It is a wonderful feeling to see my child SO excited about an Montessori educational product that he HAS to take it out of the packaging by himself and work with it right away! Samuel couldn’t wait to work with this magnetic, dry erase board with magnetic shapes. The cards provided are prefect for his language and sensory development and the Imaginets Expansion Kit added to the excitement of his already curious mind.
(This original post was published on Confessions of a Montessori Mom and has been updated.)
To develop the clean movement for reproducing the letters, we use the geometric cabinet and the leaf cabinet for tracing the outlines with two fingers. This leads to a clear cut feeling of the form of the letters.
I have tried to enhance our Montessori home environment with activities that will help my children with their language development. To help develop the skills for writing and reading, children at the preschool age work with geometric shapes because these activities train the eye to see letter shapes. Samuel (age 3.5) is in the sensorial stage of development and I’m preparing him for the abstract/reasoning stage of development (which starts at age six to twelve) and reading, by giving him geometric activities.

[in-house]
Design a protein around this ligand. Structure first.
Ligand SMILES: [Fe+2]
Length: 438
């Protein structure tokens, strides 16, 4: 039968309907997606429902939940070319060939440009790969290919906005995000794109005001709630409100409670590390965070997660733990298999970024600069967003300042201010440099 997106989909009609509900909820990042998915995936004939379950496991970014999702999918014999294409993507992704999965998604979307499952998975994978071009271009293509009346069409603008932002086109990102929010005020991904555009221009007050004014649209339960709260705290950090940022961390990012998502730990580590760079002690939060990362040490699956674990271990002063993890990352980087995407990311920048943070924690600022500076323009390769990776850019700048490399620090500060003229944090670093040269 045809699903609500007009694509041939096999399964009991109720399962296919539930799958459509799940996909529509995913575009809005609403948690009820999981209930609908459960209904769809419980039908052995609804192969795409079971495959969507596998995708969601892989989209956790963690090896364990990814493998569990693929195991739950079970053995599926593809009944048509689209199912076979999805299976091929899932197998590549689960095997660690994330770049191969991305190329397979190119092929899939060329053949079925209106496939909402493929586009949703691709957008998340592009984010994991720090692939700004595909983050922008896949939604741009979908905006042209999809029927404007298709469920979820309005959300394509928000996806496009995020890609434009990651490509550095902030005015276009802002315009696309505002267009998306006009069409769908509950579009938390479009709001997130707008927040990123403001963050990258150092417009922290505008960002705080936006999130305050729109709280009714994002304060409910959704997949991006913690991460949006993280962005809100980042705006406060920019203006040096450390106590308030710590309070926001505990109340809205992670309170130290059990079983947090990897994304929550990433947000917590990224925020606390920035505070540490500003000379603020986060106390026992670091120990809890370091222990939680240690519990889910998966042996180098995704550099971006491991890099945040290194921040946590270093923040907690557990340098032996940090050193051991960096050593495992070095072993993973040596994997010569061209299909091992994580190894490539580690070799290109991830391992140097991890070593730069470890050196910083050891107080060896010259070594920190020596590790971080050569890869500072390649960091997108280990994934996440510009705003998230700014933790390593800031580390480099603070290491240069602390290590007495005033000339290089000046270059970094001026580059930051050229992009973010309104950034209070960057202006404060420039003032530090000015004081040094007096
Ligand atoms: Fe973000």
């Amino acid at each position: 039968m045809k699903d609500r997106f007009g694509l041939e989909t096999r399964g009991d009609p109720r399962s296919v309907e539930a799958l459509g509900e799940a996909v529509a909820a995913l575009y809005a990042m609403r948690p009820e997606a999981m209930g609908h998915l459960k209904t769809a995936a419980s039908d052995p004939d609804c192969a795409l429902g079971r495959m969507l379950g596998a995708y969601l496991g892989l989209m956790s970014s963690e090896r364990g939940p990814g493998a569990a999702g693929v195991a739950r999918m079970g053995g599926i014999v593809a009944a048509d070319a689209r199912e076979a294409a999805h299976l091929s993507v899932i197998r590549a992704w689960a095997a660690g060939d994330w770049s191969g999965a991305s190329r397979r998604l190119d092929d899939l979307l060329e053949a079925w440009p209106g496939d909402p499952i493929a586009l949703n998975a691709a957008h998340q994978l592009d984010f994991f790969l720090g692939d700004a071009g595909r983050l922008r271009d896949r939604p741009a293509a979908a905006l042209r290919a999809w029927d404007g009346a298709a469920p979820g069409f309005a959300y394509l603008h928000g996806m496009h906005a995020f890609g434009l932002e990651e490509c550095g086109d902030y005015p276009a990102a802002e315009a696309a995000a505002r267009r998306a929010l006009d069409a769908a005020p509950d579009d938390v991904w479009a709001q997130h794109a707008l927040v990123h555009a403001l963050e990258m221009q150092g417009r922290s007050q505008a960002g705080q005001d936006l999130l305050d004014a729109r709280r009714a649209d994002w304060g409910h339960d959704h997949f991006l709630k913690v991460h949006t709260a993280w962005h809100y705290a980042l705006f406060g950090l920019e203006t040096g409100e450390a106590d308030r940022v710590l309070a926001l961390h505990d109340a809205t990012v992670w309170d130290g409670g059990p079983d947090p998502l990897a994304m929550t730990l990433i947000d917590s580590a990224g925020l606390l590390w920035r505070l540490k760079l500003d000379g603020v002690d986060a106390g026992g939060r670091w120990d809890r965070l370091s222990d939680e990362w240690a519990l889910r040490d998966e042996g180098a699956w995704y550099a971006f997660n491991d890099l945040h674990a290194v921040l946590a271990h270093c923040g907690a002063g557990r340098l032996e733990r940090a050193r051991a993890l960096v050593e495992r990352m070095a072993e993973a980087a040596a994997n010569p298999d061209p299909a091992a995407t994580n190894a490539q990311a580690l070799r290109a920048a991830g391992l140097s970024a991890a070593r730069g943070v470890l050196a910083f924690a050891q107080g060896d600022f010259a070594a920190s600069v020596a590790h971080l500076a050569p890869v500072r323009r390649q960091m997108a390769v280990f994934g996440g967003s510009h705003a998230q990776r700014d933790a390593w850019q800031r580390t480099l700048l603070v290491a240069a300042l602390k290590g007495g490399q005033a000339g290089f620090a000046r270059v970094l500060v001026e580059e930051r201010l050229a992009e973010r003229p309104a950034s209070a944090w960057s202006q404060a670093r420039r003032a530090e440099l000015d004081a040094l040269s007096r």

For Small Hands provided me with the opportunity to review two of their quality products, the Imaginets and the Imaginets Extension Kit. This product came with a sturdy wooden case which has a latch and rope handles. It folds completely flat with all pieces safely inside. (This compact activity is VERY helpful in our little apartment.) Also provided are 42 colorful magnetic shapes and 25 two-sided design cards that range from easy to hard.
The Imaginets Extension Kit expanded our abilities for working with the Imaginets. We added 37 new magnetic shapes pieces to our set and 20 new pattern cards. All the added shapes work with the original pieces to create even more pictures.
After talking with Lisa Nolan about the Imaginets and Extension Kit, she reminded me of the myriad of add-on activities that can be demonstrated. Her training manual suggests, “…as a follow up exercises or game, activities are selected which will encourage the child to apply his newly gained ability, and to repeat, repeat, repeat.” As an example, the child is asked to bring a similar shape from in his own environment, like a square book. As pictured, I asked Samuel to group the same shapes with the corresponding label. Since the Imaginets is a dry erase board, I easily labeled right on the activity and he worked on sorting and grouping.